I’ll link my prepared remarks when they’re up at PEN, at which point readers can judge for themselves, but I’m pretty confident that they wouldn’t have inspired any commentary if they’d been delivered verbatim by someone from the ACLU. This is just a reporter injecting a glaringly irrelevant aside for the purpose of taking a cheap potshot at a think tank he obviously doesn’t care for. Which I normally try to be a little more Zen about, but geez, is it really such a psychological impossibility for some people to type the words “Cato Institute,” in any context, for any reason, without ginning up some horseshit pretext to editorialize?

Tags: Journalism & the Media



12 responses so far ↓

  • 1 Cisco // May 8, 2012 at 2:41 pm

    And the fun part is, the Brazilian government threatened to expel Rohter some 8 years ago when he wrote about then-president Lula’s drinking. So it’s not like he’s exactly unfamiliar with government overreach and all that.

    (Fun fact: back then, when you googled “déspota cachaceiro” [“drunk despot”], the president’s bio was the first result.)

  • 2 MS // May 8, 2012 at 2:57 pm

    Mr. Rother is the same journalist that published that the Brazilian Prsident Lula da Silva had a drinking problem. At that time his reporting was linked with an attempt to undermine the role of Brazil in a WTO sponsored meetting and Mr Rother was either a fool or co conspirator. He seems to have a tendency not to check his facts.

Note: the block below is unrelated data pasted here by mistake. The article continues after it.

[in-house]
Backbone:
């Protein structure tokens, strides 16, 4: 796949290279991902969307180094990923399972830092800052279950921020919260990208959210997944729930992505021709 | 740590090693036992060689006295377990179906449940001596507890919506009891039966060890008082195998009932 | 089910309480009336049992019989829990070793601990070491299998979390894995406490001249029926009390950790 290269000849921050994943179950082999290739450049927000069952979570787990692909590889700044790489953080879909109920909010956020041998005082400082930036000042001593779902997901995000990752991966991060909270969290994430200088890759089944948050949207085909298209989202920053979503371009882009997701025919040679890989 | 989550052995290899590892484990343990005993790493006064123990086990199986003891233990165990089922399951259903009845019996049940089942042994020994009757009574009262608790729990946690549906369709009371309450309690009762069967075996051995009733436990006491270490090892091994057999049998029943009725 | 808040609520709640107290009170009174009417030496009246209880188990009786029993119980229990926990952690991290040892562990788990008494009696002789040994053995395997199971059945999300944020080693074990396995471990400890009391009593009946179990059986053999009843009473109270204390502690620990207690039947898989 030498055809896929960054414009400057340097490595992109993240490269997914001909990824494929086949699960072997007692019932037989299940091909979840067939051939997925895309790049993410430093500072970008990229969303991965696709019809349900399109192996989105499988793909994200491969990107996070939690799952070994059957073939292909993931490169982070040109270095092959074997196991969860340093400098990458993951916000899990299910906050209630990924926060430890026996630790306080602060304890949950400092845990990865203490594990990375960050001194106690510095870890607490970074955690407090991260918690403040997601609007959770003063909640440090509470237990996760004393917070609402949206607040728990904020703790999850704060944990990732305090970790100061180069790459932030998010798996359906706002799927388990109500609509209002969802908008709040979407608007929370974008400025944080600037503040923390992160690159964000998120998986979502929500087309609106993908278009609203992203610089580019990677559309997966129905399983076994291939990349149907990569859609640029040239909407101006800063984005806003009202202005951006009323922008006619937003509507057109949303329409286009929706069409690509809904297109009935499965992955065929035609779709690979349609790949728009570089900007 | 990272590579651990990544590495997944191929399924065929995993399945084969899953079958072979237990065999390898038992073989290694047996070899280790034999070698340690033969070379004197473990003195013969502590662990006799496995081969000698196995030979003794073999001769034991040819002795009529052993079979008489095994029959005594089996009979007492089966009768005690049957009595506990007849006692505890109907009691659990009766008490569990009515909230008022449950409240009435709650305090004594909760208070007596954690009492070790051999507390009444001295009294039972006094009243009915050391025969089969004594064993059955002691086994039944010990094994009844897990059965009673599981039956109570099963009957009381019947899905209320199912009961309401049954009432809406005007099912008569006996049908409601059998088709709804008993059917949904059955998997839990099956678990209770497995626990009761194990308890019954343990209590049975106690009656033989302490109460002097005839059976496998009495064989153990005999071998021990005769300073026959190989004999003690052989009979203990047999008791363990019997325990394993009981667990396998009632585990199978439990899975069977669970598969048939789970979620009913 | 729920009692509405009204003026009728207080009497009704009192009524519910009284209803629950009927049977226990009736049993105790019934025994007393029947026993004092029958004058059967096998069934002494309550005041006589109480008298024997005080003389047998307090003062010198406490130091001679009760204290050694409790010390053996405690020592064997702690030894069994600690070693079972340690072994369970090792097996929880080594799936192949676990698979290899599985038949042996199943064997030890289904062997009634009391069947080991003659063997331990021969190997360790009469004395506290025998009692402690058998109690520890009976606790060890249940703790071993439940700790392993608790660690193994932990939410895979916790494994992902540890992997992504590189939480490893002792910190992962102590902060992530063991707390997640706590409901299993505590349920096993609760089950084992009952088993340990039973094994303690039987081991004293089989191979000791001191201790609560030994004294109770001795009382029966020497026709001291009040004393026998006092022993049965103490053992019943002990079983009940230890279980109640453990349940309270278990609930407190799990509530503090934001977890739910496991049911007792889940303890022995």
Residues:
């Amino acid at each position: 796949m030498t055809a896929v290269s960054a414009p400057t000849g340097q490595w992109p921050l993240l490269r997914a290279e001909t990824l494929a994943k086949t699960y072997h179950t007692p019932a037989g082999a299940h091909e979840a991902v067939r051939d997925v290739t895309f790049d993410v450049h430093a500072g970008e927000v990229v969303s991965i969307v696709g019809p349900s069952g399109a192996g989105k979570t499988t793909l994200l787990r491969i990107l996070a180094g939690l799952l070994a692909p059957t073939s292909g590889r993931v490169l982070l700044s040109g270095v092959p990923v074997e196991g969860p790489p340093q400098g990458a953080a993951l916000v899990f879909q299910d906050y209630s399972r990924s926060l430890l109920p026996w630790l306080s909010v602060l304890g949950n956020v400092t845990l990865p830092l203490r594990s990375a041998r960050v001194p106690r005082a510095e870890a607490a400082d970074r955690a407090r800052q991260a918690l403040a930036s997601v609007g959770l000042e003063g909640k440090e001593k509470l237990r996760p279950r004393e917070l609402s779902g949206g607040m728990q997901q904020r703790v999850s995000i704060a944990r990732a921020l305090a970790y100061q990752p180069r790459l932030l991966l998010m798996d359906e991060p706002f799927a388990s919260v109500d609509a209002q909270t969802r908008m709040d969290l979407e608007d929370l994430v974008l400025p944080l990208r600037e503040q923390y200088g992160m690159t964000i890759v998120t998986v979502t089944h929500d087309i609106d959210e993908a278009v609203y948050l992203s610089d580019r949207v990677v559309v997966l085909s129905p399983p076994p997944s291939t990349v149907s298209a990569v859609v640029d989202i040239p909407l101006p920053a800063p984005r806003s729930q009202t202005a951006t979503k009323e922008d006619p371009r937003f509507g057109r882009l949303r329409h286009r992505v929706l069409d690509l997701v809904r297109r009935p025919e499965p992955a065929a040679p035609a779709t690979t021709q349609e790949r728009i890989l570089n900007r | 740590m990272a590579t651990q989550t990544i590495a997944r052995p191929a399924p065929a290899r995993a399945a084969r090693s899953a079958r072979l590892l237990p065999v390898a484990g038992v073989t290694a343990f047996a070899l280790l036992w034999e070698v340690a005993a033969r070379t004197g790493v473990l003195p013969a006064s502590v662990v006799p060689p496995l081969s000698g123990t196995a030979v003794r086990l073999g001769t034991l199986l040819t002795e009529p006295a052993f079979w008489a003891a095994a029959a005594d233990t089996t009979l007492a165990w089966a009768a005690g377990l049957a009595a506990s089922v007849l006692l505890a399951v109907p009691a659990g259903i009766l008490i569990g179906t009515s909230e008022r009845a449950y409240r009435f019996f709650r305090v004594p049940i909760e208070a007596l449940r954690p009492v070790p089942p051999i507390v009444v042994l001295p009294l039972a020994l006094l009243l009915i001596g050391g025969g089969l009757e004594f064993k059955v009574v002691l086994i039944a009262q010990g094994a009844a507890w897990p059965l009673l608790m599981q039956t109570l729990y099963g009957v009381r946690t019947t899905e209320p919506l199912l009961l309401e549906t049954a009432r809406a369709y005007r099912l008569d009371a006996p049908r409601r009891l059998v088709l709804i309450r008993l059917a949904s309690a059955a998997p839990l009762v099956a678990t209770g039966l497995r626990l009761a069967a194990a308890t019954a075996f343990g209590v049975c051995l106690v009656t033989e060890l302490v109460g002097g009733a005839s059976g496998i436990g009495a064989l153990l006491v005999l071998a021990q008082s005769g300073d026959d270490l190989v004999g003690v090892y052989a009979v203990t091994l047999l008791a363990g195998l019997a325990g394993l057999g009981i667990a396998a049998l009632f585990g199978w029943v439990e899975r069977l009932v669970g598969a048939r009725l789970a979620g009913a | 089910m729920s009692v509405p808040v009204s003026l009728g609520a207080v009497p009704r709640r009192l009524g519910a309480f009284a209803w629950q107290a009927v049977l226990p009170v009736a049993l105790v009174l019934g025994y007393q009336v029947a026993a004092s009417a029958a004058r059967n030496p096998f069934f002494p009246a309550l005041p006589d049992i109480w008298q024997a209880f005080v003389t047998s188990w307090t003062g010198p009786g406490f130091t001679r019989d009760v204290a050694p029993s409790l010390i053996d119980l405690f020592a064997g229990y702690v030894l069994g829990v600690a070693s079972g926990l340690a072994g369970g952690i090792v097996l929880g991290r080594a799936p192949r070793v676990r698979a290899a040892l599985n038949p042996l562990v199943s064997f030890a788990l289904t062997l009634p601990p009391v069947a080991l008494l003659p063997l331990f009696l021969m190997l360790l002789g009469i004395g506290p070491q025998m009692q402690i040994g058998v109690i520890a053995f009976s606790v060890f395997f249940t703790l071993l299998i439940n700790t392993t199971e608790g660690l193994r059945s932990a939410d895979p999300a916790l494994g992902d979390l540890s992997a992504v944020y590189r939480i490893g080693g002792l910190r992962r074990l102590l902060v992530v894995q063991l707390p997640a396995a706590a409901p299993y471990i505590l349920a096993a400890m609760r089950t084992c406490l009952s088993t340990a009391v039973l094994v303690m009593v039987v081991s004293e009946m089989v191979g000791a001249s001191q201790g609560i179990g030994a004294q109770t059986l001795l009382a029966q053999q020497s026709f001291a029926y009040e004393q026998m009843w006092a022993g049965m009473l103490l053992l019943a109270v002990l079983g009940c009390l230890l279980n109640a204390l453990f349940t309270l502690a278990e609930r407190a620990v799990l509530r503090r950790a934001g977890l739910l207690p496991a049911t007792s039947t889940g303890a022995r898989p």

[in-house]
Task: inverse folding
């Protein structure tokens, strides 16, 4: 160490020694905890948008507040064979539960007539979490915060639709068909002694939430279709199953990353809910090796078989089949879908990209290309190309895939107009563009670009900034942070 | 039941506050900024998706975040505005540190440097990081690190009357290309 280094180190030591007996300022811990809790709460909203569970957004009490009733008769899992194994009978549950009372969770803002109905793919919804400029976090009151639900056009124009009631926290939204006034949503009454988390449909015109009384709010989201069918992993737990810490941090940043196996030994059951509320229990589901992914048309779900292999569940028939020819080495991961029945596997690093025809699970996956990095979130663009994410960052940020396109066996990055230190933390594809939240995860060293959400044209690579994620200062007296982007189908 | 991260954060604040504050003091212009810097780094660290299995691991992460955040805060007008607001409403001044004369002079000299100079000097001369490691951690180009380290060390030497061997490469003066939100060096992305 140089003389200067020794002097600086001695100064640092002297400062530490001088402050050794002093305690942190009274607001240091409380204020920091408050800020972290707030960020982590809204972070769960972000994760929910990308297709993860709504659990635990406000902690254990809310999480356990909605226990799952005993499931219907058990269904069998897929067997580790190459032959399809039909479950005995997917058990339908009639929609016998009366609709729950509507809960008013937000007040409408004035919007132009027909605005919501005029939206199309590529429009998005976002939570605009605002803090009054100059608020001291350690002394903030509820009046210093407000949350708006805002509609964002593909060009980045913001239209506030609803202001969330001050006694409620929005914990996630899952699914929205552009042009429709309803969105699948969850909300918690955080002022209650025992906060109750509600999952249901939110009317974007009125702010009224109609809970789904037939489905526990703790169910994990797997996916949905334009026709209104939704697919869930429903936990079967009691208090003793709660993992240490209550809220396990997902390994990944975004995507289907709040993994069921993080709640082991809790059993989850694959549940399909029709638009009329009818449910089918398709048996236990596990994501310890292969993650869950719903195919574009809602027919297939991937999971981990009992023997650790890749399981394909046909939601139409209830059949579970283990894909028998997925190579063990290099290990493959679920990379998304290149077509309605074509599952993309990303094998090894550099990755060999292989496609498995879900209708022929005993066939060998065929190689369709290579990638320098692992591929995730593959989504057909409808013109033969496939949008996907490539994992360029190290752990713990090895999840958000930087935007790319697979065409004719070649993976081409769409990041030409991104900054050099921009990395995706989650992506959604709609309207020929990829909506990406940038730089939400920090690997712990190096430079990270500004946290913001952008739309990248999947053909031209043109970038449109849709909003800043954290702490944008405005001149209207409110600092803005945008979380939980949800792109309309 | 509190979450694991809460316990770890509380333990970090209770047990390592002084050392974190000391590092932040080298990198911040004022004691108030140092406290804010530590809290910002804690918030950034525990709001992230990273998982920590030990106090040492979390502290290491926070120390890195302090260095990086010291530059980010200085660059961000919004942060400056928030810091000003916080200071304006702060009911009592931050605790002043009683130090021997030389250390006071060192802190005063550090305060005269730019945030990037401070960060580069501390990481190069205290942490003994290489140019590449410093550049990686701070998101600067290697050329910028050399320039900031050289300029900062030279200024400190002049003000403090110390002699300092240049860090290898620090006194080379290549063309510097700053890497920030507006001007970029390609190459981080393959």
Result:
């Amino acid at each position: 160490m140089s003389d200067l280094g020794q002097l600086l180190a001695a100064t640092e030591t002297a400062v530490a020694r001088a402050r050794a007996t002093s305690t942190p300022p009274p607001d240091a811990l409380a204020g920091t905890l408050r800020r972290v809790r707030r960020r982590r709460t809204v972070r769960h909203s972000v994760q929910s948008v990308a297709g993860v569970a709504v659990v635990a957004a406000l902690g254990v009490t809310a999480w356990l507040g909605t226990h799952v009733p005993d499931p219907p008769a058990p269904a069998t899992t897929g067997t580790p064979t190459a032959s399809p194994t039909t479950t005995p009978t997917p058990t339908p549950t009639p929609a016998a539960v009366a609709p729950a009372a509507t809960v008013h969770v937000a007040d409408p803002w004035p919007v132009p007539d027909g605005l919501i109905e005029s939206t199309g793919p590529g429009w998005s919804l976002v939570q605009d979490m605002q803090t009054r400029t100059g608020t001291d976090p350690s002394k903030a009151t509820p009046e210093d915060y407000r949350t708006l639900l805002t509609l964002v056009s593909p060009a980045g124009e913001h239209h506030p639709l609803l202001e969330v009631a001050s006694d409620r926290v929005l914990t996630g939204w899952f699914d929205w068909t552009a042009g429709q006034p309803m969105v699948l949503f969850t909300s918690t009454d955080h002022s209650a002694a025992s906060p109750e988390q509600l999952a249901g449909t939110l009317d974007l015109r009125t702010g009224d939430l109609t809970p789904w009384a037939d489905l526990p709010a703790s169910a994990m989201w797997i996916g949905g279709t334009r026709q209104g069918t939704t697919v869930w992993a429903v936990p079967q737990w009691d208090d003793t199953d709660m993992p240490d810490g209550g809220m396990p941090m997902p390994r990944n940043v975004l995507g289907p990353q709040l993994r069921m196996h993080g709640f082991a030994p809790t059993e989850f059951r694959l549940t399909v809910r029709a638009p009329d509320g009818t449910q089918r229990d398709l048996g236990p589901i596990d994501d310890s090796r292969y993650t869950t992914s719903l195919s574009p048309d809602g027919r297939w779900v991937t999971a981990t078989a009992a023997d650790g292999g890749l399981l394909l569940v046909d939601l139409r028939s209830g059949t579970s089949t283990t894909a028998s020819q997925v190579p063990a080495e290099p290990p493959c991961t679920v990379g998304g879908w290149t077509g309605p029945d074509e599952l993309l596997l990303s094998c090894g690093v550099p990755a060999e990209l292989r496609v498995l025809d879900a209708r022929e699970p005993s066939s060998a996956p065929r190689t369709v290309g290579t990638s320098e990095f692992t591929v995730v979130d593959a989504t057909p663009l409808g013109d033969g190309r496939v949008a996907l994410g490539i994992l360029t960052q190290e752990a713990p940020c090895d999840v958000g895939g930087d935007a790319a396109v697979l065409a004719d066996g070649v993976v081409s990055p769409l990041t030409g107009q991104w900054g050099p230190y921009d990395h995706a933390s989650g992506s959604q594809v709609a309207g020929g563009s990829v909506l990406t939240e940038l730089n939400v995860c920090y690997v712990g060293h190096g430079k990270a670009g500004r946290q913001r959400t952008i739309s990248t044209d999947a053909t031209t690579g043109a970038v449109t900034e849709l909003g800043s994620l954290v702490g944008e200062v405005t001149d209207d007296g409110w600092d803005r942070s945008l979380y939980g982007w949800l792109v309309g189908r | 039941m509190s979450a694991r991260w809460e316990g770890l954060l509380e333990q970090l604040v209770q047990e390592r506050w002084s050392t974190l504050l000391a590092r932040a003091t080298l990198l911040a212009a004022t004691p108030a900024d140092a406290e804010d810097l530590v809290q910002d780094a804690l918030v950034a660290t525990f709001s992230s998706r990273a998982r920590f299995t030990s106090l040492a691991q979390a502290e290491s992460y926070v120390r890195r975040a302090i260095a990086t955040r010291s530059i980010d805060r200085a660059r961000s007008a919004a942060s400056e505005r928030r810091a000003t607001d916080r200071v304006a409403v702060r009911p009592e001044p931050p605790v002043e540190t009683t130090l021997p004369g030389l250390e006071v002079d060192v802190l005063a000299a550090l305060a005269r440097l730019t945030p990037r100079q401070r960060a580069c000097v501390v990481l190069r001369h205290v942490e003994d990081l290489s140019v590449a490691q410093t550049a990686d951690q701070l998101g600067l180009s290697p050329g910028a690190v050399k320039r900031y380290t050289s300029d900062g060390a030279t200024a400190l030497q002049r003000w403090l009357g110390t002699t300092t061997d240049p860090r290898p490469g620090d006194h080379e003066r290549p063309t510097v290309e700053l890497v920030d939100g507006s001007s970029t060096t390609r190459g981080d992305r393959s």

• 3 Brian Moore // May 8, 2012 at 4:56 pm

    The other side is wrong and we have to stop them.

  • 4 Ron Warrick // May 8, 2012 at 5:50 pm

    Depends how you define corporate donors perhaps. If foundations are 15% of the budget, how closely are the foundations tied to corporate interests? Of the remaining 83% of donations, how many might be from officers of large corporations? Tobacco companies are particularly fond of Cato and would funnel money to it any way they can manage to.

    I happen to be a fan of Cato while not always in agreement with its tendency to promote policies that help corporate entities manipulate and exploit the vulnerability of the little guy.

  • 5 Watoosh // May 8, 2012 at 6:33 pm

    It’s things like these that really illustrate that there really is such a thing as “liberal media” (and I do mean it in a pejorative sense). It’s only peripherally concerned with actual politics on the left-right-axis, and it’s slightly less uninformed and insulated than conservative media, but goddamn is it still annoying sometimes.

    Can’t a man/woman represent a libertarian institution even for a second without being accused of having a Koch in their mouth?

  • 6 Julian Sanchez // May 8, 2012 at 6:53 pm